What have you achieved in the last ten years?

I’ve passed my driving test, finished school and completed my A-levels. I’ve graduated with a physics degree and lived on the other side of the world in the most cavalier, bonkers and best decision of my life. I’ve got my first job, my first house, my first dog. My first husband…(He is a Spurs fan after all!)

And I’ve got my first Arsenal season ticket.

Ten years is a long time, indeed.

In that same timeframe, Theo Walcott has earned a truckload of money, and spent as long on the sidelines as he has playing football!

That’s harsh of course – I am being more than a little facetious – but there is very much a sense of what might’ve been for ‘TJ and The Arsenal.’

walcott background

Still only 27, it’s easy to forget that Theo has more appearances for the club in his first ten years than a certain Tony Adams, and by some distance. His 347 games have returned 86 goals at a rate of one in four, and he has shown something of a penchant for the big game.

He continues to improve, with his first five years returning 31 goals in 174 appearances at a rate of roughly one in six, while his second five years saw him deliver 55 goals in one less appearance at around one per every three games. Throw in that this includes a horrific 2015-16 campaign that can only be described as ‘barren’, and the numbers don’t look too bad.

But did he leave Southampton too soon?

Walcott arrived at Arsenal in 2006 for an eventual fee of £9.1m, off the back of a campaign where he scored 5 goals in 23 appearances. The attraction was fairly obvious: a move to a Champions League club, but more importantly one where he could train with, and learn from, the greatest striker on the planet let alone at the club – a certain Thierry Henry.

He scored just one goal in his first full season, in the League Cup final no less. It offered an early demonstration of something that was to become his trademark: scoring in a big game, and against his favourite opposition – Chelsea.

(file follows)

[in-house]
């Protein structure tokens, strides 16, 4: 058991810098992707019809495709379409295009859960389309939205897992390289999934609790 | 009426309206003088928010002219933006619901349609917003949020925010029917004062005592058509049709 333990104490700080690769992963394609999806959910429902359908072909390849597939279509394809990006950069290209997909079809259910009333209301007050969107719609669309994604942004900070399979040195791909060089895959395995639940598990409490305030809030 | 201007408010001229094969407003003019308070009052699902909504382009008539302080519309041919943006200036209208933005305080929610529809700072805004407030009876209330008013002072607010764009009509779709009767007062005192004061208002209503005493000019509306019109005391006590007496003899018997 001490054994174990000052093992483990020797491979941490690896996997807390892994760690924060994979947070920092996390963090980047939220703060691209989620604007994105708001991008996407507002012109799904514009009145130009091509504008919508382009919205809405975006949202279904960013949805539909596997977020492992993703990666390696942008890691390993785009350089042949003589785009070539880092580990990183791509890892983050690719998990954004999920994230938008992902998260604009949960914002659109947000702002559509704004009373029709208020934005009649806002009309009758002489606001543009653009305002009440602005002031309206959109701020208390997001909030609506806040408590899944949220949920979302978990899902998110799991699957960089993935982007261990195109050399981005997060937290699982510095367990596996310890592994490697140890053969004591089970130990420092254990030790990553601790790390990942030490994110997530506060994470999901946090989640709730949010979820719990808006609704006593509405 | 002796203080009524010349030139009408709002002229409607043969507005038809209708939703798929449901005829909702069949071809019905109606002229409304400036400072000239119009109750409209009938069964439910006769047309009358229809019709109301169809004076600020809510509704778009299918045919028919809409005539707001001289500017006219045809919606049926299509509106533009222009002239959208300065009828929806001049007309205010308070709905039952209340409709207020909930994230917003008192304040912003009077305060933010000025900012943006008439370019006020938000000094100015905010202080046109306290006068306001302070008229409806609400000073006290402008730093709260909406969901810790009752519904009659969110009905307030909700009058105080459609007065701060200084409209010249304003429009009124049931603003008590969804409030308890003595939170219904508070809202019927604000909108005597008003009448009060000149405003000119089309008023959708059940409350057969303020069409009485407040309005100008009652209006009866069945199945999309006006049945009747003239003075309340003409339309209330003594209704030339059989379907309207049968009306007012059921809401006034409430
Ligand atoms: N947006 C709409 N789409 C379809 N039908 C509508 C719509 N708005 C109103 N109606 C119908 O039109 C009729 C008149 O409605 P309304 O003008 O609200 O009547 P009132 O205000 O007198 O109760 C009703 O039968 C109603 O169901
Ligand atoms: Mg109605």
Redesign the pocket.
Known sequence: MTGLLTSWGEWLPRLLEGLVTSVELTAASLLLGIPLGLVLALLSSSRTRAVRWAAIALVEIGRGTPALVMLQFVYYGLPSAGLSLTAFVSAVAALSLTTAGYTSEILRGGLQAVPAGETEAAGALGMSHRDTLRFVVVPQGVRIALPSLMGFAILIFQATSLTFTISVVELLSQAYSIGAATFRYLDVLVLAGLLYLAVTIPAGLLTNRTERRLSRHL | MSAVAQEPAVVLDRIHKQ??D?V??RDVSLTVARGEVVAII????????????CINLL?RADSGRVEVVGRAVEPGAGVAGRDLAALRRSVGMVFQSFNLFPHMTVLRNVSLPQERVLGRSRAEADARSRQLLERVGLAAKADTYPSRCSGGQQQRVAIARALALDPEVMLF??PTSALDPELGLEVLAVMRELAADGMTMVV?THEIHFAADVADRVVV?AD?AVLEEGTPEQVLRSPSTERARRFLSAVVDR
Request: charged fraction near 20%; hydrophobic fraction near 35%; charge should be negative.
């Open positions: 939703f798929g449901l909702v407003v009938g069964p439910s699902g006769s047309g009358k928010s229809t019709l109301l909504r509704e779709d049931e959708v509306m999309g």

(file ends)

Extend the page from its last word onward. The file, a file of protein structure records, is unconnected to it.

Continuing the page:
He may have won the Young Sports Personality of the Year award and been called up to England’s World Cup squad in one of the strangest sporting decisions ever, but it was still a relatively quiet year for the teenage Walcott.

Big things were expected, and he needed to kick on.

But that has been one of the biggest problems with Theo. Each time he has started to show promise, circumstance has contrived to derail his journey. Inconsistency has been one of the biggest blights on his career.

And so it is that ten years on we’re still talking about Theo as much in terms of potential as achievement.

Part of that can be put down to his somewhat unfortunate injury history. Shoulder issues at an early age affected his ability and willingness to develop or use physicality, while a cruciate injury in 2013 hit at precisely the worst time, as he’d finally hit something approaching the dizzy heights we anticipated when he first signed, terrorising defences and scoring goals for fun.

LONDON, ENGLAND - JANUARY 04: The injured Theo Walcott of Arsenal makes a 2-0 gesture to the Tottenham fans as he is stretchered off the pitch during the Budweiser FA Cup third round match between Arsenal and Tottenham Hotspur at Emirates Stadium on January 4, 2014 in London, England. (Photo by Clive Rose/Getty Images)
(Photo by Clive Rose/Getty Images)

The dalliance with playing up front has contributed too. The Premier League has changed substantially since Thierry Henry plied his trade at the spearhead of Arsenal’s attack, and while the Gunners may have reverted to playing something approaching a ‘number 10’ in behind the forward in the shape of Mesut Ozil, games are typically less stretched and therefore offer less space for the front man to work in.

Walcott’s greatest successes have come playing on the wing alongside a more conventional forward, as his runs are less well tracked, and he can both score and create goals from such a position.

Regular readers will know I am a huge fan of the threat Walcott can offer in the right team, and too often in the intervening years between his arrival and his maturity, that team has not been built particularly to his strengths, nor frankly good enough.

It’s very much a case of now or never for the former Saints prodigy, and what wouldn’t we give for a classic “wonder performance against a former club” of which we’re all too often on the end.

You’ve had your time to develop, your time to mature. You’ve overcome your challenges and you’ve shown us in glimpses what you’re capable of. Those glimpses tantalise those of us with an imagination.

Yet now is the time to show us just what ‘peak Theo’ looks like. And preferably no longer linked with, as our editor Lee is so fond of saying, “FFS Theo!”

More to the point, I’ve defended you to the hilt publicly, privately, in writing, on the podcast, with Arsenal fans and with rivals.

It’s about flipping time you started to give me some return on my investment!